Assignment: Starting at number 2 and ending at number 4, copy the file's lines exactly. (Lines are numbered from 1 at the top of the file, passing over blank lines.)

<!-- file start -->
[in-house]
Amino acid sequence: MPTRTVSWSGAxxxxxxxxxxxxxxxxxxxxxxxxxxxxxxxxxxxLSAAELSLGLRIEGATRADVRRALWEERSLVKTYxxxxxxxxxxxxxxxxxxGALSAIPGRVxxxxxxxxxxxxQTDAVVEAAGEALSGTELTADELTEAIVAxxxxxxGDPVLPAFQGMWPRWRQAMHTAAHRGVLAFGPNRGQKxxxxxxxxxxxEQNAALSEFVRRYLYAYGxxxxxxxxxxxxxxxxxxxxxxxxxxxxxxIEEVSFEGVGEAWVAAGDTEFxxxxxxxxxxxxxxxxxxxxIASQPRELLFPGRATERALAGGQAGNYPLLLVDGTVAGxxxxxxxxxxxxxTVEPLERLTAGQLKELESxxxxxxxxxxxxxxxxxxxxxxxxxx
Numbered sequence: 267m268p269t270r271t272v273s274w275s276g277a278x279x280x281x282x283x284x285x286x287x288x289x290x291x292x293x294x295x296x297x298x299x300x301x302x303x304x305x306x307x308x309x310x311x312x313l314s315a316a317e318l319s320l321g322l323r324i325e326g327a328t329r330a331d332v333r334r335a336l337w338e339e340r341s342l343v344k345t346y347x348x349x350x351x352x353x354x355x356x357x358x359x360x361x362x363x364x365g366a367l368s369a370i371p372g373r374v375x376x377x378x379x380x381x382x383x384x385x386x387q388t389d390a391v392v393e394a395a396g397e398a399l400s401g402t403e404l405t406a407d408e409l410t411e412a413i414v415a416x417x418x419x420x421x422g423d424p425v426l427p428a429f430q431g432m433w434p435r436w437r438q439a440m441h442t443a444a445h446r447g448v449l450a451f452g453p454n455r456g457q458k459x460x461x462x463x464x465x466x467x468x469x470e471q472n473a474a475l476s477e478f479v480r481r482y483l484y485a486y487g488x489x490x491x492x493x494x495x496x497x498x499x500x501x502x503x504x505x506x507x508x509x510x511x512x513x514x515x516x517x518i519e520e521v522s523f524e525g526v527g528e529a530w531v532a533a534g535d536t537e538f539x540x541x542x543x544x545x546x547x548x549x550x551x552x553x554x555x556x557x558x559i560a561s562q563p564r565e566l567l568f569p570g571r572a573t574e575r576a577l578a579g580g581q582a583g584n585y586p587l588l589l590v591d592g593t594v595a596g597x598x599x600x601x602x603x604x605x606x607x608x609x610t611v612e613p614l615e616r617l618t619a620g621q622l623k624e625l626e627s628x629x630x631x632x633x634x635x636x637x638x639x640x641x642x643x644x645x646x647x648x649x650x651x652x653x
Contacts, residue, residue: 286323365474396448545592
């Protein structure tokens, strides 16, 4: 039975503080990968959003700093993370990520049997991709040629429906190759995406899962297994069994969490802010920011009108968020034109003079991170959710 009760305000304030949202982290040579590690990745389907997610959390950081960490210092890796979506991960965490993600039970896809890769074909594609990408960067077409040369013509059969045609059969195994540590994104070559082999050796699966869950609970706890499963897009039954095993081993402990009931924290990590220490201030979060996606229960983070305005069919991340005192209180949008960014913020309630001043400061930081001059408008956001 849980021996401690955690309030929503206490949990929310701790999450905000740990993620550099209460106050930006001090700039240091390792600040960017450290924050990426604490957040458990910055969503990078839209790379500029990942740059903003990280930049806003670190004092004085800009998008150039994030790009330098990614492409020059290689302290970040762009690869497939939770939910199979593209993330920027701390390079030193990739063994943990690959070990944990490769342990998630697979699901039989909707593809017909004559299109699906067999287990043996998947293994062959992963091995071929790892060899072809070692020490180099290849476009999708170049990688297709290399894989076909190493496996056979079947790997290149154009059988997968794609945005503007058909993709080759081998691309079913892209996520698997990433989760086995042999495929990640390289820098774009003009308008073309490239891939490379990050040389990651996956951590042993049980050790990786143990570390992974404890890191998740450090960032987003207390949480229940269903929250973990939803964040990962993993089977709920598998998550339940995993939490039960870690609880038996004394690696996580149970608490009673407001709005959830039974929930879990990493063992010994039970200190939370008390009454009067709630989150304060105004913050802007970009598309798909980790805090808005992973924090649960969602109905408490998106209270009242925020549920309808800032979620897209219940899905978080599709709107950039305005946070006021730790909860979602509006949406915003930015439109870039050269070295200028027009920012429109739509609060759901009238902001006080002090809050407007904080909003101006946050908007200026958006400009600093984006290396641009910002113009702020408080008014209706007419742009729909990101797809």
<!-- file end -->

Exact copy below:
Amino acid sequence: MPTRTVSWSGAxxxxxxxxxxxxxxxxxxxxxxxxxxxxxxxxxxxLSAAELSLGLRIEGATRADVRRALWEERSLVKTYxxxxxxxxxxxxxxxxxxGALSAIPGRVxxxxxxxxxxxxQTDAVVEAAGEALSGTELTADELTEAIVAxxxxxxGDPVLPAFQGMWPRWRQAMHTAAHRGVLAFGPNRGQKxxxxxxxxxxxEQNAALSEFVRRYLYAYGxxxxxxxxxxxxxxxxxxxxxxxxxxxxxxIEEVSFEGVGEAWVAAGDTEFxxxxxxxxxxxxxxxxxxxxIASQPRELLFPGRATERALAGGQAGNYPLLLVDGTVAGxxxxxxxxxxxxxTVEPLERLTAGQLKELESxxxxxxxxxxxxxxxxxxxxxxxxxx
Numbered sequence: 267m268p269t270r271t272v273s274w275s276g277a278x279x280x281x282x283x284x285x286x287x288x289x290x291x292x293x294x295x296x297x298x299x300x301x302x303x304x305x306x307x308x309x310x311x312x313l314s315a316a317e318l319s320l321g322l323r324i325e326g327a328t329r330a331d332v333r334r335a336l337w338e339e340r341s342l343v344k345t346y347x348x349x350x351x352x353x354x355x356x357x358x359x360x361x362x363x364x365g366a367l368s369a370i371p372g373r374v375x376x377x378x379x380x381x382x383x384x385x386x387q388t389d390a391v392v393e394a395a396g397e398a399l400s401g402t403e404l405t406a407d408e409l410t411e412a413i414v415a416x417x418x419x420x421x422g423d424p425v426l427p428a429f430q431g432m433w434p435r436w437r438q439a440m441h442t443a444a445h446r447g448v449l450a451f452g453p454n455r456g457q458k459x460x461x462x463x464x465x466x467x468x469x470e471q472n473a474a475l476s477e478f479v480r481r482y483l484y485a486y487g488x489x490x491x492x493x494x495x496x497x498x499x500x501x502x503x504x505x506x507x508x509x510x511x512x513x514x515x516x517x518i519e520e521v522s523f524e525g526v527g528e529a530w531v532a533a534g535d536t537e538f539x540x541x542x543x544x545x546x547x548x549x550x551x552x553x554x555x556x557x558x559i560a561s562q563p564r565e566l567l568f569p570g571r572a573t574e575r576a577l578a579g580g581q582a583g584n585y586p587l588l589l590v591d592g593t594v595a596g597x598x599x600x601x602x603x604x605x606x607x608x609x610t611v612e613p614l615e616r617l618t619a620g621q622l623k624e625l626e627s628x629x630x631x632x633x634x635x636x637x638x639x640x641x642x643x644x645x646x647x648x649x650x651x652x653x
Contacts, residue, residue: 286323365474396448545592